7. I have been reading up on the basics to make sure I have my science correct. My student has been asking questions about everything, and I like to be prepared. I have read Harold Mcgee but don't own a copy...this is a great excuse to get it.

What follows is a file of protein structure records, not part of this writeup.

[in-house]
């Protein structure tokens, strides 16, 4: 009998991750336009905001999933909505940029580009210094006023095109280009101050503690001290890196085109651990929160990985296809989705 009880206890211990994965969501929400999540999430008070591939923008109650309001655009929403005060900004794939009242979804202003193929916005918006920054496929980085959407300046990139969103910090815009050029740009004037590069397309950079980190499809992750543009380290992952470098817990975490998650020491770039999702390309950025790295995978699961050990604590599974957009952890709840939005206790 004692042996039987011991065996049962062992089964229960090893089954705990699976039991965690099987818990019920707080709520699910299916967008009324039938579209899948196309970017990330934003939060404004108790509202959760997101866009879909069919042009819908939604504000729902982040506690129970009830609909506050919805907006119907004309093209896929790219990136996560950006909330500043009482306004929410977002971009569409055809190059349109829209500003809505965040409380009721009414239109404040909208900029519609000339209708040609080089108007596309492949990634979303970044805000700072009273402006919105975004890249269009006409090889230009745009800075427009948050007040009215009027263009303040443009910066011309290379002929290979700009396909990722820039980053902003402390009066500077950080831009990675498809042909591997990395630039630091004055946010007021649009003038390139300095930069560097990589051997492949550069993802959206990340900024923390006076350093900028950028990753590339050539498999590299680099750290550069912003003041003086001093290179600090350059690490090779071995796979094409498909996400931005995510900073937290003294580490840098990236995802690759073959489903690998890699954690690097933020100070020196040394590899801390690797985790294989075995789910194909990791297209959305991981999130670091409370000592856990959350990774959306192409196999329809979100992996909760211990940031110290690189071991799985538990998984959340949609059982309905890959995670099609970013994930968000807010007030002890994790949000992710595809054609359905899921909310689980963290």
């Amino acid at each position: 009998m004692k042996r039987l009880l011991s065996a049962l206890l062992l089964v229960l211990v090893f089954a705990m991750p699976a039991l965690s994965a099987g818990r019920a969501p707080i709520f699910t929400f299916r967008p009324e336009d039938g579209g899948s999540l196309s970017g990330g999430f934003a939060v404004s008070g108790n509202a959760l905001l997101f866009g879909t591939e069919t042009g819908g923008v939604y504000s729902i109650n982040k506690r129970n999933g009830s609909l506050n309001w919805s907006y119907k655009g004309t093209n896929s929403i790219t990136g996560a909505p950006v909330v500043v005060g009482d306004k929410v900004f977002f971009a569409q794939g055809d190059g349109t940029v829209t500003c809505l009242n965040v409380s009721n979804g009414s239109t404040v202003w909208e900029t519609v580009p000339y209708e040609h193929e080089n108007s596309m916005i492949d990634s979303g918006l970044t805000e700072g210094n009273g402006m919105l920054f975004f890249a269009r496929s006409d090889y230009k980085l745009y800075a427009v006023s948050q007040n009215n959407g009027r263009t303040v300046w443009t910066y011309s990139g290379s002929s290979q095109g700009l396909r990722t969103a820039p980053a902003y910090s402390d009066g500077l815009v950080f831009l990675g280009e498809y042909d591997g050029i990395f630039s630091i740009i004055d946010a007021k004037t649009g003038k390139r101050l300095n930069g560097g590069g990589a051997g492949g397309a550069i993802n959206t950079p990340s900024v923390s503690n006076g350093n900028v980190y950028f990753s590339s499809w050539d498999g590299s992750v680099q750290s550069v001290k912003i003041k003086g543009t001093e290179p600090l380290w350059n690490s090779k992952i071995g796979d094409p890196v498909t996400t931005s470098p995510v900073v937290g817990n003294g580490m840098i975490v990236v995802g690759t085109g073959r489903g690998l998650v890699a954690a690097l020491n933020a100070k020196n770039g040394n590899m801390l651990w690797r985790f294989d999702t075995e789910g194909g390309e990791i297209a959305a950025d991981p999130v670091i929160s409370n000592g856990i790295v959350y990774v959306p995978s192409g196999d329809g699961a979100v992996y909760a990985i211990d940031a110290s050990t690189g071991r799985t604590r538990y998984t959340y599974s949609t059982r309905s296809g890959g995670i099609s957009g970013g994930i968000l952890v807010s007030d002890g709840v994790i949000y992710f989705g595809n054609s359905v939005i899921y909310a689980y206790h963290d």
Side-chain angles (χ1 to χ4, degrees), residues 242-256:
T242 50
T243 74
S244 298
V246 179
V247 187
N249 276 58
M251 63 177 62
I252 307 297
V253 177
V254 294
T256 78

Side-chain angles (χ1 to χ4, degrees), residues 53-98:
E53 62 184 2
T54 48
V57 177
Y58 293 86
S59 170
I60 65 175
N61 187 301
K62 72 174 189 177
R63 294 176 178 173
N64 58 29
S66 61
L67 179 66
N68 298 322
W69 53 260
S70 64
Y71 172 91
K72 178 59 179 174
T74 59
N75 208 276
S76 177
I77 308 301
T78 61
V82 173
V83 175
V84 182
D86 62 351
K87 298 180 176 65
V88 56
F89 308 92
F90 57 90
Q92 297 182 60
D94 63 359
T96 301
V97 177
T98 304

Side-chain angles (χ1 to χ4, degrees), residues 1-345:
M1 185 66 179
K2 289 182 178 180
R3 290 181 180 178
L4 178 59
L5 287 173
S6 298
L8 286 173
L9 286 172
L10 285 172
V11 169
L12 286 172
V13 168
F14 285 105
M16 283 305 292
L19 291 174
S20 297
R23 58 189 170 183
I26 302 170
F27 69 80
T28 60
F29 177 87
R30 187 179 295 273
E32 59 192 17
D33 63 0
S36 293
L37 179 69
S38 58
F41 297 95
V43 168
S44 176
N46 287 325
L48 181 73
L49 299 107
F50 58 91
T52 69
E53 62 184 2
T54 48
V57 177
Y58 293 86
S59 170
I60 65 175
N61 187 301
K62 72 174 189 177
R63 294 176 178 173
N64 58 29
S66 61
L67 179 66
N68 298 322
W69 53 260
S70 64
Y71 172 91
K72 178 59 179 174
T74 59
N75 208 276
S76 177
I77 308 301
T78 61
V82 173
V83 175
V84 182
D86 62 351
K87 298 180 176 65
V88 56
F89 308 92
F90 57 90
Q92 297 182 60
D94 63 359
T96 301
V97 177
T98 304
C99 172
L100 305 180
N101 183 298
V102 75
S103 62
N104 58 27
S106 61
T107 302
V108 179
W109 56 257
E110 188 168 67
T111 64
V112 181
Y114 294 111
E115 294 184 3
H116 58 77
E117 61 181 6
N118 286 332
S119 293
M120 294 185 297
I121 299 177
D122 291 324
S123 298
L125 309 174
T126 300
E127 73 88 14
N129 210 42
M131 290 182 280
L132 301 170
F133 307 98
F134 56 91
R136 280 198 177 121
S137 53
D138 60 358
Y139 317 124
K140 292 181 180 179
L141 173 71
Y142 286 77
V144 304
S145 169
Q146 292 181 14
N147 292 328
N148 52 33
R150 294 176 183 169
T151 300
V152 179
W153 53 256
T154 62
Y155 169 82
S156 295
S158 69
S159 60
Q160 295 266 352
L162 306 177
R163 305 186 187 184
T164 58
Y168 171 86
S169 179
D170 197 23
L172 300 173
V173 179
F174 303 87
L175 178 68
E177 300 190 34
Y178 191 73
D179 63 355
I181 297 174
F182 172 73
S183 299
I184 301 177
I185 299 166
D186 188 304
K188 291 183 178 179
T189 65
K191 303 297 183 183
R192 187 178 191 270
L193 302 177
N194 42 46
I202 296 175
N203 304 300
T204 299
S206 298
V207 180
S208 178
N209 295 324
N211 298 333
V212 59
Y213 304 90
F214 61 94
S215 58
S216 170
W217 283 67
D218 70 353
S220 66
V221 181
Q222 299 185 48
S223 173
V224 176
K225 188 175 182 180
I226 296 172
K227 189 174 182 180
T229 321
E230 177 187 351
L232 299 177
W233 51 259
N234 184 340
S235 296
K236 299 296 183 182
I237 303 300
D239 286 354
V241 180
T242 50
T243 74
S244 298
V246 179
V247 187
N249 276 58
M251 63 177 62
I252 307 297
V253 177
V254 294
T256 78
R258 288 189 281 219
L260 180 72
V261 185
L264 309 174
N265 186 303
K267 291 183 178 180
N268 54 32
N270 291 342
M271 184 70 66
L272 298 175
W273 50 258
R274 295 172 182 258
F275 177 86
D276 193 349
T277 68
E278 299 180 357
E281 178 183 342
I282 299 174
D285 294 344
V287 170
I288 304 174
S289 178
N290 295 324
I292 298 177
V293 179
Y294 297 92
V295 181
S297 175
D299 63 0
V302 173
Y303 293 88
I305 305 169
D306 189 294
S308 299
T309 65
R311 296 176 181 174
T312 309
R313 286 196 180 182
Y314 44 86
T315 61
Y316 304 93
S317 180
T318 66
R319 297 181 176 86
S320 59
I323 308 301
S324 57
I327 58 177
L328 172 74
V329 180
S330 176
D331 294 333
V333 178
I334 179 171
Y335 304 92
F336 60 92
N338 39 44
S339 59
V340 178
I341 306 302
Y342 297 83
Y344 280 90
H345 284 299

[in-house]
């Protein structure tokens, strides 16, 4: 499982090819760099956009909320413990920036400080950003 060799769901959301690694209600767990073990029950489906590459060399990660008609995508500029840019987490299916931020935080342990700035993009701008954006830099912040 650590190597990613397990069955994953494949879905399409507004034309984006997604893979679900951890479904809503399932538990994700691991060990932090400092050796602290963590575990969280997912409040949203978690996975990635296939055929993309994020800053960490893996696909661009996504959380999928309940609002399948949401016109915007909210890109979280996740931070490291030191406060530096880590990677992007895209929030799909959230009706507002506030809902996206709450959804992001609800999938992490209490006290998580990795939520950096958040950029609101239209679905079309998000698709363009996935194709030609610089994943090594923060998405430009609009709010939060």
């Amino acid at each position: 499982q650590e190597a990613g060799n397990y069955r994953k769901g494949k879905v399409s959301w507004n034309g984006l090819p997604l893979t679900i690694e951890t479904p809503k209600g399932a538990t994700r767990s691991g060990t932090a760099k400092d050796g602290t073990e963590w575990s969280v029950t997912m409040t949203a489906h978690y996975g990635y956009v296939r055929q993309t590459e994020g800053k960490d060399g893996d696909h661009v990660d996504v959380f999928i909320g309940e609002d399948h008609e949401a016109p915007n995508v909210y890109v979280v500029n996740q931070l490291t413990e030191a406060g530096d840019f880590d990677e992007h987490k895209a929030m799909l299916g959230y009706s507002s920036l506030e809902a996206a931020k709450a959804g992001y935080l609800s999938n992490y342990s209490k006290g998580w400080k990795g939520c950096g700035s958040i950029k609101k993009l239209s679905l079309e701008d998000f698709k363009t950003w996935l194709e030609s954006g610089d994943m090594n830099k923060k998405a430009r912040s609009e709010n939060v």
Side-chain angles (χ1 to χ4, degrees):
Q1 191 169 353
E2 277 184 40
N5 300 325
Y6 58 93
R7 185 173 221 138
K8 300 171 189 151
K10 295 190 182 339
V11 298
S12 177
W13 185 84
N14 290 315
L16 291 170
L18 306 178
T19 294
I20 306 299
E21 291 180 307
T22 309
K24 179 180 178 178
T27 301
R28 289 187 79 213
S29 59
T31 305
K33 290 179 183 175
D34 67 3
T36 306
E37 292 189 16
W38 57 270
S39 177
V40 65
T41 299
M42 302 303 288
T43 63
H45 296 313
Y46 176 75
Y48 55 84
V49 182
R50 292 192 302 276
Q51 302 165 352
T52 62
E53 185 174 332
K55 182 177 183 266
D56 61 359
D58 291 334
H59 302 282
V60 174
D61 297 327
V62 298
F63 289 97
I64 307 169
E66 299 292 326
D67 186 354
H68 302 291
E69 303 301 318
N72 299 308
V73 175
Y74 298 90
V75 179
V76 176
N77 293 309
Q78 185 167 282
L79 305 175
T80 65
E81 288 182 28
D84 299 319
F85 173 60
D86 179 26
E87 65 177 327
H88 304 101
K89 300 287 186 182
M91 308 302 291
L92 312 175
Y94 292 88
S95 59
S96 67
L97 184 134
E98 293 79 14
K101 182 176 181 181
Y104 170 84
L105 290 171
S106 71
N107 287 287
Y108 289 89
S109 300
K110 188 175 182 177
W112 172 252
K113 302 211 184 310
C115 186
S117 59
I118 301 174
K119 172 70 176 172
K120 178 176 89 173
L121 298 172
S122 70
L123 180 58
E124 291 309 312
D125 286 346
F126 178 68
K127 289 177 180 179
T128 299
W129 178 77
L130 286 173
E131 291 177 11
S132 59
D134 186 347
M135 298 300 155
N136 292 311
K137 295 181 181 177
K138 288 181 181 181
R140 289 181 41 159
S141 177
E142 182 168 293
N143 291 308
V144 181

8. My problem with roast chicken is that the ones from the farmer's market are always better than mine, so I'm reluctant to do roast chicken, although everyone recommends to teach it. I would consider cornish hens, though. Chicken soup is always great after roast chicken and you can teach about stock. My favorite leftover chicken recipe is chicken ala king, which can be served with rice or on patty shells. On patty shells it looks impressive. I plan to teach this recipe. It is from Barbara Kafka's Microwave Gourmet cookbook, easy and delicious. Forget any bad versions you may have had, this one is a winner. I'll post it if there is interest.